Mark N. Katz
After a year of cooperation on Iran, Russia now opposes new sanctions or other tough measures to pressure Tehran on its controversial nuclear program. The failure of recent diplomacy to get Iran to comply with U.N. resolutions, and reassure the world that it is not secretly trying to build a bomb, has triggered growing questions about what the international community should do next. Moscow now appears to be a major obstacle in forging a united position.
The Obama administration “reset” Russian-American relations shortly after taking office in 2009, in part to win Moscow’s support on Iran. The diplomatic initiative appeared to be working well in 2010. Russia was one of six major powers--along with Britain, China, France, Germany and the United States--that collaborated on both diplomacy and a new U.N. sanctions resolution. Russian President Dmitry Medvedev also announced that Russia would not ship S-300 air defense missile systems to Tehran--even after Iran paid for them.
But in 2011, Russia is now urging restraint on new punitive measures against Tehran. Moscow’s unwillingness to pressure Iran any further is taking Kremlin policy back to the pre-reset days. Medvedev has also questioned Western intelligence assessments about Iran’s nuclear program. Reverting to Russia’s earlier position, he said there is no proof that Tehran seeks to acquire the world’s deadliest weapons. Foreign Minister Sergey Lavrov has even suggested that the time has come to ease sanctions.
Two developments may have contributed to Russia’s policy shift. The first was the 2010 Strategic Arms Reduction Treaty, known as “New START.” For Moscow, the New START treaty was a high priority. With Russia not modernizing its nuclear weapons arsenal as fast as the United States, Moscow was desperate to get Washington to agree to the limits imposed by New START. Moscow would have been unable to match the American strategic nuclear arsenal without a pact. Presidents Obama and Medvedev signed the treaty in April 2010, but Senate ratification was in doubt over Republican concerns about Russia’s 2008 war with Georgia, support for Iran, and other issues. After Senate ratification in December 2010, Moscow’s incentive to appease the Republican minority decreased--at least for now.
The second factor is related to the democratic uprisings across the Middle East in 2011. Moscow did not seem concerned by Tunisia’s Jasmine Revolution in January. Nor was it unduly upset by the overthrow of Egyptian President Hosni Mubarak in February. But when serious opposition to the regime of Moammar Qaddafi erupted in Libya, Medvedev and Prime Minister Vladimir Putin began opposing the Middle East upheavals. Medvedev even suggested that the uprisings were instigated to trigger similar upheavals in Russia and even to break up the Russian federation.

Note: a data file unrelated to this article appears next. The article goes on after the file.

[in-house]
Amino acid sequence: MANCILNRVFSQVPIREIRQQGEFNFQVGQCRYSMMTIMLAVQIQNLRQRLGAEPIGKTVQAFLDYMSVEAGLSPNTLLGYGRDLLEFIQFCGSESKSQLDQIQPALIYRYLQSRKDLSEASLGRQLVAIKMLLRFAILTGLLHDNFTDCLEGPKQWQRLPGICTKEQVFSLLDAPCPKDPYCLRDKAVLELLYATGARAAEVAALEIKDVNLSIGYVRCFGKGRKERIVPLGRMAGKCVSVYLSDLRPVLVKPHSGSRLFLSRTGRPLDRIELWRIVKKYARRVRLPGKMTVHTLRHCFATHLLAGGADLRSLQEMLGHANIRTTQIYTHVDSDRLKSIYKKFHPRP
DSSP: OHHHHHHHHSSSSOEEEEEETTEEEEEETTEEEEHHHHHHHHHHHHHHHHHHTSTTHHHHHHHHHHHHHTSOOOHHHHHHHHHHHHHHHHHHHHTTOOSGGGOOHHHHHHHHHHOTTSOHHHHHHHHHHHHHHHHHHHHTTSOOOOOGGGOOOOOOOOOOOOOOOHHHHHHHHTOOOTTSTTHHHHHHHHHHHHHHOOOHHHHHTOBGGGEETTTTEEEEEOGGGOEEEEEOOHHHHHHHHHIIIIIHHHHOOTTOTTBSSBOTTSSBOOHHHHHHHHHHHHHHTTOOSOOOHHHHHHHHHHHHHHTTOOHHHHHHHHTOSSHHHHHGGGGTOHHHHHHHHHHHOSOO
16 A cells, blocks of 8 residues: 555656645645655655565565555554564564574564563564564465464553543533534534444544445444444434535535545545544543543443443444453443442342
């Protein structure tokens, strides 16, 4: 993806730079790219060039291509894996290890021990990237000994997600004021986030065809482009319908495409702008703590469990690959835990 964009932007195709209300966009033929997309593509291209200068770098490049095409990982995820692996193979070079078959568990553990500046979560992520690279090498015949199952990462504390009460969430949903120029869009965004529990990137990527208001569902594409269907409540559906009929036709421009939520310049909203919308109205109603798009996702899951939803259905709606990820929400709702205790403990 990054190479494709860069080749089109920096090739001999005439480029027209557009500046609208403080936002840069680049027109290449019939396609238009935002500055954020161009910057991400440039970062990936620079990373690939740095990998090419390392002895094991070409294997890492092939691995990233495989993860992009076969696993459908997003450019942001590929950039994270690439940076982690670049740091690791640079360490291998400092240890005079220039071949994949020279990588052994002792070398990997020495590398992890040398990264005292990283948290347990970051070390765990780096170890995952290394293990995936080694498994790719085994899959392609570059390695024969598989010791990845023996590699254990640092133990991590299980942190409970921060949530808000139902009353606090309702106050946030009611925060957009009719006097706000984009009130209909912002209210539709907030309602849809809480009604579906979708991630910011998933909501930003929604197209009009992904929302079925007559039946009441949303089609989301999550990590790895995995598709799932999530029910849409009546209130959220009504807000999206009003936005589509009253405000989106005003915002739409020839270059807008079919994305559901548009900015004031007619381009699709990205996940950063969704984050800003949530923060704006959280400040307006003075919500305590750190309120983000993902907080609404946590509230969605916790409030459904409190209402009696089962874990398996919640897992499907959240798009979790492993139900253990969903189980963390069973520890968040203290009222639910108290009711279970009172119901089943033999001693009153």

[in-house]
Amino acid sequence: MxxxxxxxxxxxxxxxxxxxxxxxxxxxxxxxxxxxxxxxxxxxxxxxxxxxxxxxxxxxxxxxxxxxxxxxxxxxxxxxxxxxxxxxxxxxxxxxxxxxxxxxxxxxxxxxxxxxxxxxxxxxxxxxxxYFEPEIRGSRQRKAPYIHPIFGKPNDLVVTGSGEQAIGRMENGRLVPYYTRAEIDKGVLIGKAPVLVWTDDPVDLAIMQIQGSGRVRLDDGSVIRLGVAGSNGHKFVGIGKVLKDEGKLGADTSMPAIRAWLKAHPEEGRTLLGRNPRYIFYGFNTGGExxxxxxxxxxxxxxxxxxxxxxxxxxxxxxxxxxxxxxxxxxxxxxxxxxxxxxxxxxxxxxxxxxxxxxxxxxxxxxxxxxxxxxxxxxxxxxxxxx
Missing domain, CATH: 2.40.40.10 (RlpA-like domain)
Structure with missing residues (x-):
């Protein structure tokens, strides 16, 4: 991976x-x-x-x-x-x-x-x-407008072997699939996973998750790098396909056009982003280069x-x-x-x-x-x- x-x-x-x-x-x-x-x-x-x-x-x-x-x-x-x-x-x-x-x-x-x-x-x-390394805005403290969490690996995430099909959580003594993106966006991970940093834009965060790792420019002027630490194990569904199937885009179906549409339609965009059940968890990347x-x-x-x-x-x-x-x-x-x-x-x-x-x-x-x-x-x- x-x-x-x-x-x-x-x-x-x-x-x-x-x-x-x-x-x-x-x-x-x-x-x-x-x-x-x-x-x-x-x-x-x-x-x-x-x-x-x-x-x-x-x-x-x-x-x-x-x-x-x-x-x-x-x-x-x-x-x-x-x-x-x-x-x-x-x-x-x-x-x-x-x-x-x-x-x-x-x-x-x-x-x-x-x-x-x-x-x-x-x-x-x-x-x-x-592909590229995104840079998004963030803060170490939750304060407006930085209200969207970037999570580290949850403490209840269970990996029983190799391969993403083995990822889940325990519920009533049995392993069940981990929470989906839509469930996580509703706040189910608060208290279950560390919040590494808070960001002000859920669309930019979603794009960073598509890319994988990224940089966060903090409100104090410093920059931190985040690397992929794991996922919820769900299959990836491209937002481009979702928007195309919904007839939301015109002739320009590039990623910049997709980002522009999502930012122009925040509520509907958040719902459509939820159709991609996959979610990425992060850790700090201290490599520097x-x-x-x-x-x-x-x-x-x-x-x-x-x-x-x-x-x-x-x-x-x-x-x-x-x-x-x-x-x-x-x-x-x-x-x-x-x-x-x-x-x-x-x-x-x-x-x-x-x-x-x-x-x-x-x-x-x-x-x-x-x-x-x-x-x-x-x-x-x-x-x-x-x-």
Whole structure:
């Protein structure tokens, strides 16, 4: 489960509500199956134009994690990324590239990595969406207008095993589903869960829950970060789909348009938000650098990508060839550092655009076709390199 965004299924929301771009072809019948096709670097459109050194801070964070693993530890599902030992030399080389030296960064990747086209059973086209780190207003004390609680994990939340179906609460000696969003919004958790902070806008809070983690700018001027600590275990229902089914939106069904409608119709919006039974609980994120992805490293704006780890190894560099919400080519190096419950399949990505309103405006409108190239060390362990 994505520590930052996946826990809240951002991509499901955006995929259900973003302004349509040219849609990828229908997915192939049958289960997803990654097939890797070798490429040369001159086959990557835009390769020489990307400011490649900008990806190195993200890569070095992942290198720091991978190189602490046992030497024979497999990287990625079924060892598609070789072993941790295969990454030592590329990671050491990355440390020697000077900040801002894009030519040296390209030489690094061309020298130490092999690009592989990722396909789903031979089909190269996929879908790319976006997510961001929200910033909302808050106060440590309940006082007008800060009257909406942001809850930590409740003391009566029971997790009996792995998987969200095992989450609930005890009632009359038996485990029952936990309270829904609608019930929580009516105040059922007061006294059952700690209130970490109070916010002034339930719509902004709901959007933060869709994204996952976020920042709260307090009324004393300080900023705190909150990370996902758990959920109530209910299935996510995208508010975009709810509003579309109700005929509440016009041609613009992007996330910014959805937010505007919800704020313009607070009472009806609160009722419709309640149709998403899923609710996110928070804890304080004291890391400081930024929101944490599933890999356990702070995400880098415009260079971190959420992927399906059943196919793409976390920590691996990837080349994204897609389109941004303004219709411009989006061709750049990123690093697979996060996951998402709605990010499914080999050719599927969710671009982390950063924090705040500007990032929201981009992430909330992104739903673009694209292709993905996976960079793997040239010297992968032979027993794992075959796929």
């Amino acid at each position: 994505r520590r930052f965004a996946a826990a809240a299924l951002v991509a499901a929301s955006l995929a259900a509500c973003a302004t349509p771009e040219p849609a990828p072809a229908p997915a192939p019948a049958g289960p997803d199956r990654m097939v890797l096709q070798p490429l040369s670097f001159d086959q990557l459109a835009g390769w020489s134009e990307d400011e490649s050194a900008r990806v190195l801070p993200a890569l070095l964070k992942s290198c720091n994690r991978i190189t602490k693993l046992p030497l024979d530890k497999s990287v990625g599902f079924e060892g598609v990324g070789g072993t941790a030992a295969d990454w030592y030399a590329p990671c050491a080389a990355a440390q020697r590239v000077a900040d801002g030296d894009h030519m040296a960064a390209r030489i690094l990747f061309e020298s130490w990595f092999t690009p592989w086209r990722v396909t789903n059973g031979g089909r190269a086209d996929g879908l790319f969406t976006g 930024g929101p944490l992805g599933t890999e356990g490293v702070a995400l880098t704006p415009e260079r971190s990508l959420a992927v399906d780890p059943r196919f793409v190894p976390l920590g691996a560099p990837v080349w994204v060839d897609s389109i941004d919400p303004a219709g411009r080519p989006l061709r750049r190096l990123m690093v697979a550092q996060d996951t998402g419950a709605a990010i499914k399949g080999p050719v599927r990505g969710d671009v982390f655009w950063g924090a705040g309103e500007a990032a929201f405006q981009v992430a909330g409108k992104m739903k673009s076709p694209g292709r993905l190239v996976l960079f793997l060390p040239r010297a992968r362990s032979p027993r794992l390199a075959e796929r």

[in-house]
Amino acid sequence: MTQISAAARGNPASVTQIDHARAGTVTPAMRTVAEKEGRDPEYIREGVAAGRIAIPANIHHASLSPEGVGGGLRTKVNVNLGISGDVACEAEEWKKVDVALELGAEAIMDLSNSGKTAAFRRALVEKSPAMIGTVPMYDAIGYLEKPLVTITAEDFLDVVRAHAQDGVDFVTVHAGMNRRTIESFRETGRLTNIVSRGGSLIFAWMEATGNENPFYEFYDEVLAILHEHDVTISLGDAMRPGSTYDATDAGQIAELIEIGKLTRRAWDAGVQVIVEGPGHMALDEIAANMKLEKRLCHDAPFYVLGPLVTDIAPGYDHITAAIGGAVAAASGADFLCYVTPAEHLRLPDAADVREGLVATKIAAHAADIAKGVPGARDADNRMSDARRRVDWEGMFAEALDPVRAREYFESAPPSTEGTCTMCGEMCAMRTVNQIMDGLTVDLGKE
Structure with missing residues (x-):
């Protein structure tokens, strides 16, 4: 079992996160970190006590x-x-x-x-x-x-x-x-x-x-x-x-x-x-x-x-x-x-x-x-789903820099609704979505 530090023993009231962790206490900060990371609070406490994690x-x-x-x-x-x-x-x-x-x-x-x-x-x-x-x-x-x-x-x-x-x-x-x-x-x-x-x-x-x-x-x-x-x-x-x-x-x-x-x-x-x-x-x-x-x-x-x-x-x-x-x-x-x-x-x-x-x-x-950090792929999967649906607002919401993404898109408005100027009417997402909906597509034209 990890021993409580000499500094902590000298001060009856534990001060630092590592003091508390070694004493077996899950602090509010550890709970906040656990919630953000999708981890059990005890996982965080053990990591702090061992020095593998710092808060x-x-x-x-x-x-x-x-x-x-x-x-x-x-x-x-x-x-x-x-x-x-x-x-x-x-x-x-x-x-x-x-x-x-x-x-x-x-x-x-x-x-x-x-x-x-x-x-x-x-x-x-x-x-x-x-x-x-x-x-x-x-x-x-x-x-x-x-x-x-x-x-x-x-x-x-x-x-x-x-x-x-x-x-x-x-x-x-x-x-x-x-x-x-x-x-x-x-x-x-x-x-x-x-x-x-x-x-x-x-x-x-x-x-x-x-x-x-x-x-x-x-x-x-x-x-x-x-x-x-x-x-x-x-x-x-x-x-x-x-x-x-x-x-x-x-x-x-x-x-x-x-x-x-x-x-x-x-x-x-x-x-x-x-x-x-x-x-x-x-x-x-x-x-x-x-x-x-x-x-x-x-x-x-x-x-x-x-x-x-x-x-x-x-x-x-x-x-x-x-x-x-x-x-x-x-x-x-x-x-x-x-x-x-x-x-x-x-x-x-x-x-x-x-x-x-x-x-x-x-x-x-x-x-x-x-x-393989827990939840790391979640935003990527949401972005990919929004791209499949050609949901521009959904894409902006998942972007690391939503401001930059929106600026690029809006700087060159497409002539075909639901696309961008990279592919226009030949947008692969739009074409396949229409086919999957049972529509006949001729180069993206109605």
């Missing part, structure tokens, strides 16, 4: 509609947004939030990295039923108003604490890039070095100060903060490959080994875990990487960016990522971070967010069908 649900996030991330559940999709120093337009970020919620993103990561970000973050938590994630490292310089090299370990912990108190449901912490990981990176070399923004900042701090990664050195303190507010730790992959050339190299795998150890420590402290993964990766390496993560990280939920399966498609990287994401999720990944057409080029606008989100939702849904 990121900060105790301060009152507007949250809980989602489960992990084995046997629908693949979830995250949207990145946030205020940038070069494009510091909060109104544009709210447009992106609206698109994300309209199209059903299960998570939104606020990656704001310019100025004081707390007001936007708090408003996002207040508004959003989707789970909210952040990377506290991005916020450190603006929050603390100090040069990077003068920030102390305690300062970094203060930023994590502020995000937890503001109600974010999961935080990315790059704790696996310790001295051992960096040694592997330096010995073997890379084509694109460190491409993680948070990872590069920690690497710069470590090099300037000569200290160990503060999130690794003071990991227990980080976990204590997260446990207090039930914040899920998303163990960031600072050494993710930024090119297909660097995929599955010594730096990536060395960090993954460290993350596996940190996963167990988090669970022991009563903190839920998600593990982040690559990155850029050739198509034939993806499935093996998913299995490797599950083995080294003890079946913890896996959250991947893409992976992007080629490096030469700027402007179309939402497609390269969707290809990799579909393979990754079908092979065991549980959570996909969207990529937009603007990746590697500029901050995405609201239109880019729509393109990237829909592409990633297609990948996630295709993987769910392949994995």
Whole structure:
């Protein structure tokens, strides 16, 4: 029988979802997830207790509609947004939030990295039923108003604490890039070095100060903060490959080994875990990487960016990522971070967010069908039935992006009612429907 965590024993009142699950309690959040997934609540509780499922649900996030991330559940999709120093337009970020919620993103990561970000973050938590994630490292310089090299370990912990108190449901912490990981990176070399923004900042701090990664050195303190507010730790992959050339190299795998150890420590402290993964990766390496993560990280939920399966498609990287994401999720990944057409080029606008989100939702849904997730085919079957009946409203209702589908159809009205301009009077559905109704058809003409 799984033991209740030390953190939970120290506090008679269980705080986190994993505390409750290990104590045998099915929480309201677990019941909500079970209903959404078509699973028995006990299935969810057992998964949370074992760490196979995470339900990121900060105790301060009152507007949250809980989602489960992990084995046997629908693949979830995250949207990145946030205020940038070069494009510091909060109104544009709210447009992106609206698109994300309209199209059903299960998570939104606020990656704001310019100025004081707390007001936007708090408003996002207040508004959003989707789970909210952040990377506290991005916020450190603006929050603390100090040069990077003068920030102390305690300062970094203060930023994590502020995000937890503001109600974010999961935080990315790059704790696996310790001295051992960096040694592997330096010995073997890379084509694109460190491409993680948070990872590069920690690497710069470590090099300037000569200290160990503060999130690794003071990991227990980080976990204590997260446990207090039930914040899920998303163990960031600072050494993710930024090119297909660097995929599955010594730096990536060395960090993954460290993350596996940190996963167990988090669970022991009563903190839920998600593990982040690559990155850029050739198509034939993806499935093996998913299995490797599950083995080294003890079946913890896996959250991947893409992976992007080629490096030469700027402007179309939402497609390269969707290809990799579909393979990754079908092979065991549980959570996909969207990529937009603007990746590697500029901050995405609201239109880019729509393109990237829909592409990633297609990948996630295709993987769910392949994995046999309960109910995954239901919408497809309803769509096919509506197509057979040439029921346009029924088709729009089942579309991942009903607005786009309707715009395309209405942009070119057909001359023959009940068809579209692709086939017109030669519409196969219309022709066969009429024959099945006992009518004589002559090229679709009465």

Moscow has also publicly backed Iranian President Mahmoud Ahmadinejad, despite the Green Movement protests launched after the disputed presidential election in 2009. Indeed, Russia was the first major power to publicly congratulate President Mahmoud Ahmadinejad on his reelection. Moscow had no interest in backing a democratic movement in Iran then or now.
Moscow’s inconsistent positions--tolerance of democratic movements in Tunisia and Egypt but opposition to uprisings in Libya and Iran--is due to their differing geopolitical impacts on Russia. The autocratic regimes ousted in Tunisia and Egypt had been closely allied to the United States. New governments may maintain those ties, but opening up political and economic systems could also provide new diplomatic and business opportunities for Russia. Libya, however, is a different story. Qaddafi’s relations with the United States have improved since 2003, but Russia’s relations have long been much stronger. A democratic revolution in Libya could decrease Russian influence in Tripoli--and further improve America’s position in this large oil-rich country.
Russia is particularly concerned about an uprising in Tehran that could lead to rapprochement between the United States and Iran. Russian analysts have long been concerned that a geopolitical shift in Iran could crowd out Russian businesses and lead the United States to work with Iran on provide an alternative to Russia as an export route for Caspian Basin oil and gas.
In this context, Moscow’s support for the autocratic regime in Tehran--and its opposition to new sanctions--are not surprising. And neither position appears likely to change in the near future.
Mark N. Katz is a professor of government and politics at George Mason University